Professionals are now reaping the confusion that this has sown, with repeated and fruitless attempts to distinguish AS from autistic disorder. But what was a taxonomic blunder has proved to be a practical success. Parents and caregivers know that there are some people with autism who lack sufficient self- and other-awareness to be autonomous, but there are others who demand that their autonomy is recognized. The author tried to capture this difference when writing a booklet on AS by calling it “A Mind of Their Own” [10]. What parents and caregivers have done is to ignore the stipulations in ICD-10 and DSM-IVTR that people with AS are those people with an autistic spectrum disorder but no delay in their cognitive or language development. Instead, they have simply equated AS with self-awareness. Many of the children and adults diagnosed with autistic spectrum disorders in the past seemed lost in their own world. They seemed not to register pain or danger, as if they did not have sufficient sense of themselves to be able to be concerned about their own welfare or survival. People with AS do not live in their own world so much as live on their own island floating in a sea of humanity. They do have projects and plans for themselves, and they do compare themselves with other people, often painfully.

The author believes that parents and caregivers have been right in giving AS this operational definition. They are right because people with AS often suffer emotionally because of their self-awareness, and because increasing self-awareness and its attendant distress often occur in adolescence in association with an improvement in communicative ability.

AS has not been so popular a label in North America as in Europe. In the United States, many professionals have advocated the term “high-functioning autism” as an alternative [11]. This term has the advantage that it is not pegged to official diagnostic criteria, but the disadvantage is that it suggests the issue is “functioning.”

“High functioning” is not so different from the “less severe” tag that is often given to people with AS, as in the question often put to the author by colleagues, “AS? Isn't that a less severe kind of autism?” The concept of functioning is a familiar one to service managers, especially in the learning difficulty/mental handicap field. There is a clear analogy with high and low IQ. The reason that function is so familiar, and so important, is that it is a divide between the services for people with learning difficulty/mental handicap, and other services. Lower functioning people, people with an IQ less than 70, are their responsibility. Other people with autistic disorder are the responsibility of…someone else.

Continuing pressure from caregivers has resulted in some special education programs being developed for children with AS, but in many areas of North America and the United Kingdom, high functioning means mainstream school with little or no additional support. This is changing, as documented elsewhere in this volume. But what is not changing is that the high functioning adolescent finds that on leaving school, no support is available from pediatric services, from child and adolescent psychiatry, and, because he or she is high functioning, from learning disability services, either.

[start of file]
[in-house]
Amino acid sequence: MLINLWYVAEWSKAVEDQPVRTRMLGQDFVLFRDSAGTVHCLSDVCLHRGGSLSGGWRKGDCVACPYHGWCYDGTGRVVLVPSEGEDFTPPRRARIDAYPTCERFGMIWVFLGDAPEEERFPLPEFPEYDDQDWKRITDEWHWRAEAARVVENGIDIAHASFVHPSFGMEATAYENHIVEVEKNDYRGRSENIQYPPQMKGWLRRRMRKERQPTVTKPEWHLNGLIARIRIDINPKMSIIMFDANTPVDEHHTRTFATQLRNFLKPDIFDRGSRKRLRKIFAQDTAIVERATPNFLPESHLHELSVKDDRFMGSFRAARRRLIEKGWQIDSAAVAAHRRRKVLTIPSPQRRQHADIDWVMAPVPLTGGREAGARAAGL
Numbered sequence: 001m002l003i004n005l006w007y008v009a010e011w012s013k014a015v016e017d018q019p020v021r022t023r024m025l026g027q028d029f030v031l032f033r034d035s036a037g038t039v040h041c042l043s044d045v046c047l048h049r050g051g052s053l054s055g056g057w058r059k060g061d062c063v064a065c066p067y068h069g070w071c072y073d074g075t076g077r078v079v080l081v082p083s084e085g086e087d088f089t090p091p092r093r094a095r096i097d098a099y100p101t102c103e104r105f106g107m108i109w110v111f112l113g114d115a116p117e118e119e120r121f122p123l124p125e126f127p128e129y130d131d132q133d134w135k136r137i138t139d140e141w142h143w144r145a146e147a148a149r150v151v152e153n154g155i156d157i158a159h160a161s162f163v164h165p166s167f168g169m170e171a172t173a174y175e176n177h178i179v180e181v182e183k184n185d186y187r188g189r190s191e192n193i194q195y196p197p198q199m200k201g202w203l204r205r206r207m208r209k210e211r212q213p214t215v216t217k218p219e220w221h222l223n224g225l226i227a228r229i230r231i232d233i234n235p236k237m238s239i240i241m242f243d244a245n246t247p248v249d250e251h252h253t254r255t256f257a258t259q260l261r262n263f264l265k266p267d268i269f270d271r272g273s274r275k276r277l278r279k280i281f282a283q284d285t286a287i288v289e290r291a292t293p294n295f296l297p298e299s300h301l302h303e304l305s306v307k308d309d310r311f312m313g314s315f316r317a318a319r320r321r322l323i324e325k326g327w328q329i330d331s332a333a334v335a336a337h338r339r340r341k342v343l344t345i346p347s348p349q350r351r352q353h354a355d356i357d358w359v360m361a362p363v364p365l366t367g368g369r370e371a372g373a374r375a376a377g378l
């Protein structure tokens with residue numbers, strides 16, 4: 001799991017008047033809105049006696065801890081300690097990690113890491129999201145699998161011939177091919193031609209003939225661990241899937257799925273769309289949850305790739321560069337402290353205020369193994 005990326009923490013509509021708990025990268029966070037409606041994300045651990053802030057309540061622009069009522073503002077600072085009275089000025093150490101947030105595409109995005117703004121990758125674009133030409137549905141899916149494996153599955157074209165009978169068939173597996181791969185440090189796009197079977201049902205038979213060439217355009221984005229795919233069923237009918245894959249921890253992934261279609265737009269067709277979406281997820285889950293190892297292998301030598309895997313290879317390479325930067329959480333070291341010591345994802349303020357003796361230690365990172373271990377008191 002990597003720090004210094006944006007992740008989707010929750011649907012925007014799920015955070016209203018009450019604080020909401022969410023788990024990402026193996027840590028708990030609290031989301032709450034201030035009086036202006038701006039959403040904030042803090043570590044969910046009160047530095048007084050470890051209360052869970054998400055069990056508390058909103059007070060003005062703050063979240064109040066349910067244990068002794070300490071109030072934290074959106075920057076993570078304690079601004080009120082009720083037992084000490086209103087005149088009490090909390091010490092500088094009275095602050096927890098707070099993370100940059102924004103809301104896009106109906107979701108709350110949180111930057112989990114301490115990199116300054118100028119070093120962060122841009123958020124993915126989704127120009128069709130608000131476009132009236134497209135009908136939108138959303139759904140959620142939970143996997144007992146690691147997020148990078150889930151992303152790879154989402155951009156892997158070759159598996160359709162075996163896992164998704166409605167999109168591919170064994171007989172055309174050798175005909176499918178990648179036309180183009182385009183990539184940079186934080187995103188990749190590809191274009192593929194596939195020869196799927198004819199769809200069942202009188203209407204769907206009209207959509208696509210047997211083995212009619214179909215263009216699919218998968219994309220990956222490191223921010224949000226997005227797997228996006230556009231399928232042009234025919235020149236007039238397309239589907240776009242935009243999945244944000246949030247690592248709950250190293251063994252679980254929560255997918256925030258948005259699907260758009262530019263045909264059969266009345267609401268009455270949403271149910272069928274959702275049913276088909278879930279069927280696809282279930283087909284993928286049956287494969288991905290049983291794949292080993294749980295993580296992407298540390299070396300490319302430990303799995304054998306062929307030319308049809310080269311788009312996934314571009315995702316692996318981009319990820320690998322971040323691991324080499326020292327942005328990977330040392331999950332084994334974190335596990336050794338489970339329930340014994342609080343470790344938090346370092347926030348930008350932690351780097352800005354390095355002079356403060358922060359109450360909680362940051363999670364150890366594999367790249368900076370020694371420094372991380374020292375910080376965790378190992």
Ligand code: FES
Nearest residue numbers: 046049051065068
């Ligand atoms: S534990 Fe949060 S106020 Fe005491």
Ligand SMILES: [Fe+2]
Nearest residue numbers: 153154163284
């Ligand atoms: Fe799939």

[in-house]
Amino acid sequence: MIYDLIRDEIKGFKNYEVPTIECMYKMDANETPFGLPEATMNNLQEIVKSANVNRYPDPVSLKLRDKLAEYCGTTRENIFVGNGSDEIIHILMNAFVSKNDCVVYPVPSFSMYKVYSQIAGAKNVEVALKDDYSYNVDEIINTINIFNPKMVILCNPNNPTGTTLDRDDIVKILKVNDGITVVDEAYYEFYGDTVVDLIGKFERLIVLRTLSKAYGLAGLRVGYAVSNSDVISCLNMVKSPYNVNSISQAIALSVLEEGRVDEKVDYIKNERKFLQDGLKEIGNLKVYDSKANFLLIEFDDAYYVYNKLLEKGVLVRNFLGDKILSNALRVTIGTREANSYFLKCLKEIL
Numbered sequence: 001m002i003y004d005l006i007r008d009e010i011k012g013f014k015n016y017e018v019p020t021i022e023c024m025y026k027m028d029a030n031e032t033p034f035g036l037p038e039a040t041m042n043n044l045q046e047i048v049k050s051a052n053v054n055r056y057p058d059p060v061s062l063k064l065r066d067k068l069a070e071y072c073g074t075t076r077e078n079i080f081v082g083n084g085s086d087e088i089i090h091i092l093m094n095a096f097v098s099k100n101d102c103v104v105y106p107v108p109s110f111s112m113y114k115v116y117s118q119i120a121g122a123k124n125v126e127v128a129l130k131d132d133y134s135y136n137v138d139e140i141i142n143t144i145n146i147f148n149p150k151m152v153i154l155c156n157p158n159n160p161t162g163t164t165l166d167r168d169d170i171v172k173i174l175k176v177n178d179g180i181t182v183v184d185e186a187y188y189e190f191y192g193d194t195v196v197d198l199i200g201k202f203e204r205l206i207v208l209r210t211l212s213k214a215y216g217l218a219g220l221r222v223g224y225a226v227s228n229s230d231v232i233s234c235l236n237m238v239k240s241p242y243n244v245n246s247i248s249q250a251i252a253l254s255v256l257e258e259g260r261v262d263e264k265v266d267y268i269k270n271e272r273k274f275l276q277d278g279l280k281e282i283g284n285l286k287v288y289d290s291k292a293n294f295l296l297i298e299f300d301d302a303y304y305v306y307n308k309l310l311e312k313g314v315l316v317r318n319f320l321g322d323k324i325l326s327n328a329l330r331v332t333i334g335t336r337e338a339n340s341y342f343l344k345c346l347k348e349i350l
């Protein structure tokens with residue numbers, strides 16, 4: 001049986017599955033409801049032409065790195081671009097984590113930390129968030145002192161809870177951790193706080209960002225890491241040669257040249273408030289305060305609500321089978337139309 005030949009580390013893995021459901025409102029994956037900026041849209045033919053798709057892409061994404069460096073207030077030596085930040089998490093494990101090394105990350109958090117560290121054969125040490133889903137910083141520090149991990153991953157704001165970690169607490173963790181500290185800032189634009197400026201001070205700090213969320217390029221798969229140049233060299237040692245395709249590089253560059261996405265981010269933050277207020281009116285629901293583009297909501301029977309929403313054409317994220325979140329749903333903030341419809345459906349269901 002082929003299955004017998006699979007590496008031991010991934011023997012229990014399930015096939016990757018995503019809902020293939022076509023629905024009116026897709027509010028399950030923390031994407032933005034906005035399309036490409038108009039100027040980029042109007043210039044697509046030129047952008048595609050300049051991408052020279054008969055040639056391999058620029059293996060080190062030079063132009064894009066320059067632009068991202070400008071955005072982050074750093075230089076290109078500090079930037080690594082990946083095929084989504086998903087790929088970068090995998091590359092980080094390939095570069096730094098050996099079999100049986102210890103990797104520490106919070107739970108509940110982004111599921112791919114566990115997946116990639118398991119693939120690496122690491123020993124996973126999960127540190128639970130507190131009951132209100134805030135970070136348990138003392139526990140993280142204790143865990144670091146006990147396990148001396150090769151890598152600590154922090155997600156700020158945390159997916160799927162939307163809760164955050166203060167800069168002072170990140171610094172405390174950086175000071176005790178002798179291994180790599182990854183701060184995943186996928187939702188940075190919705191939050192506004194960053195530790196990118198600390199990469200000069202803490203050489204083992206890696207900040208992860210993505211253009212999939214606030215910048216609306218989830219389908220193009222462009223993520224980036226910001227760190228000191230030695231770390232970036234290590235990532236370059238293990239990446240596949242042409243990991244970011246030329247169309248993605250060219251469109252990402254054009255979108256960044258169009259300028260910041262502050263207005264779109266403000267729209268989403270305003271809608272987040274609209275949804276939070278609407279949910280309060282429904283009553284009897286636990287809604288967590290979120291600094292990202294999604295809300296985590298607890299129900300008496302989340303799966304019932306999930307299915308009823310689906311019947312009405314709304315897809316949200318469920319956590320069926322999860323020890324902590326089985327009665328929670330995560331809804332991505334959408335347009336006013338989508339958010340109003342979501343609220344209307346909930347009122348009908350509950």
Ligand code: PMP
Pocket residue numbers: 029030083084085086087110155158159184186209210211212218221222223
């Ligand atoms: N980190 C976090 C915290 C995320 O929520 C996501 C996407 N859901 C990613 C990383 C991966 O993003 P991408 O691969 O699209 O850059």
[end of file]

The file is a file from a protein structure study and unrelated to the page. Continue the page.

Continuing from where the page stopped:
It is a healthy sign that, in the last 10 years, autistic spectrum disorders have become detached from learning difficulty and now are seen as a new kind of problem, the pervasive developmental disorder. It has been particularly good for people with AS, because few of them feel comfortable with services that grant them little autonomy. Indeed, people with AS are often particularly demanding that services are configured around them, rather than them fitting into the service.

But the outcome of the vicissitudes in the recent history of autism, some of which have been considered here, is that adolescents and adults with AS may have no call on specialist services at all. Many psychiatrists seem to take the view, as one local psychiatrist did in a recent letter, that a person with a known diagnosis of AS has “no mental health problem” to be detected. Third-party payers focusing on more and more defined targets are partly to blame. In the United Kingdom, where there is one overwhelmingly large third-party payer, the National Health Service (NHS), recent papers in the modernization agenda for the NHS have defined the priority conditions for mental health [12] and for learning difficulties [13] and have left AS out of them both. Although the United States has no comparable national policy, individual states are in a similar situation as the United Kingdom. Connecticut admits that it “has no principal state agency assigned the role of coordinating and delivering services and supports for adults with developmental disabilities, who do not have mental retardation” and that “The Department of Mental Health and Addiction Services (DMHAS) is the single state agency for providing comprehensive mental health and substance abuse services throughout Connecticut…DMHAS provides services to persons with developmental disabilities only if there is a concomitant psychiatric disorder” [14]. Massachusetts has not even gotten that far. A bill has been introduced (for details, see (http://www.state.ma.us/mddc/legislative/) ), arguing, “Many adults with Autism Spectrum Disorder do not meet DMR eligibility requirements despite the debilitating nature of their disability. This bill would establish a study commission that will (1) define the population to be served, (2) identify the types of services and supports needed, (3) identify how such services and supports can best be delivered, and (4) identify the costs for such services and supports. This information would be used to address these unmet needs.” At the time of writing, it has not been enacted.